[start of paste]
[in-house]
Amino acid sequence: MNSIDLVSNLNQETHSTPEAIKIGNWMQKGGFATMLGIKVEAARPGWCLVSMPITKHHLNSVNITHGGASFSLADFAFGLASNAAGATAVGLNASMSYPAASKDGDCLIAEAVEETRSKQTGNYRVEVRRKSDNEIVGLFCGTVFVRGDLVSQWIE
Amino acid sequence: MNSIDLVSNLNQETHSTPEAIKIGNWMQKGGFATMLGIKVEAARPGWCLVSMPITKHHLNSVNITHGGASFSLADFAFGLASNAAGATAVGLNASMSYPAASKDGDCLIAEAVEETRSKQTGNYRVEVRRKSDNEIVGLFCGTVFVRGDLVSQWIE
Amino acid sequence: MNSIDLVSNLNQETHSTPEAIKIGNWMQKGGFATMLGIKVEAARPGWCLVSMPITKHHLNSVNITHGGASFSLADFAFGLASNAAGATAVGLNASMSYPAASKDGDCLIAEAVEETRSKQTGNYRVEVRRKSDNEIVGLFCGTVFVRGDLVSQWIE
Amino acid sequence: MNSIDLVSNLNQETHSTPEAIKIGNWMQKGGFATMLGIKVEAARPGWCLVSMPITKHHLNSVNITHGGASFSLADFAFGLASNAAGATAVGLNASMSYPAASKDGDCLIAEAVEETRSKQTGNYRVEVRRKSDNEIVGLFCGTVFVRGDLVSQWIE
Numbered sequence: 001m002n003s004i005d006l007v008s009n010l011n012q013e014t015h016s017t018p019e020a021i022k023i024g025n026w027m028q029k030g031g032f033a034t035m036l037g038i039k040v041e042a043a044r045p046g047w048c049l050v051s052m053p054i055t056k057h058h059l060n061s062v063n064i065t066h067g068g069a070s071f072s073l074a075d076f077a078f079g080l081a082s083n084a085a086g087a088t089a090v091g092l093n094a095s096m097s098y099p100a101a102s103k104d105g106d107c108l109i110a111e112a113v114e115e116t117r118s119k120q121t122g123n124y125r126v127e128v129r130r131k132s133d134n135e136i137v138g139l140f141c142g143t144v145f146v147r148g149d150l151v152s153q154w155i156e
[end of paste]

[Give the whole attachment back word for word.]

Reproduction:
[in-house]
Amino acid sequence: MNSIDLVSNLNQETHSTPEAIKIGNWMQKGGFATMLGIKVEAARPGWCLVSMPITKHHLNSVNITHGGASFSLADFAFGLASNAAGATAVGLNASMSYPAASKDGDCLIAEAVEETRSKQTGNYRVEVRRKSDNEIVGLFCGTVFVRGDLVSQWIE
Amino acid sequence: MNSIDLVSNLNQETHSTPEAIKIGNWMQKGGFATMLGIKVEAARPGWCLVSMPITKHHLNSVNITHGGASFSLADFAFGLASNAAGATAVGLNASMSYPAASKDGDCLIAEAVEETRSKQTGNYRVEVRRKSDNEIVGLFCGTVFVRGDLVSQWIE
Amino acid sequence: MNSIDLVSNLNQETHSTPEAIKIGNWMQKGGFATMLGIKVEAARPGWCLVSMPITKHHLNSVNITHGGASFSLADFAFGLASNAAGATAVGLNASMSYPAASKDGDCLIAEAVEETRSKQTGNYRVEVRRKSDNEIVGLFCGTVFVRGDLVSQWIE
Amino acid sequence: MNSIDLVSNLNQETHSTPEAIKIGNWMQKGGFATMLGIKVEAARPGWCLVSMPITKHHLNSVNITHGGASFSLADFAFGLASNAAGATAVGLNASMSYPAASKDGDCLIAEAVEETRSKQTGNYRVEVRRKSDNEIVGLFCGTVFVRGDLVSQWIE
Numbered sequence: 001m002n003s004i005d006l007v008s009n010l011n012q013e014t015h016s017t018p019e020a021i022k023i024g025n026w027m028q029k030g031g032f033a034t035m036l037g038i039k040v041e042a043a044r045p046g047w048c049l050v051s052m053p054i055t056k057h058h059l060n061s062v063n064i065t066h067g068g069a070s071f072s073l074a075d076f077a078f079g080l081a082s083n084a085a086g087a088t089a090v091g092l093n094a095s096m097s098y099p100a101a102s103k104d105g106d107c108l109i110a111e112a113v114e115e116t117r118s119k120q121t122g123n124y125r126v127e128v129r130r131k132s133d134n135e136i137v138g139l140f141c142g143t144v145f146v147r148g149d150l151v152s153q154w155i156e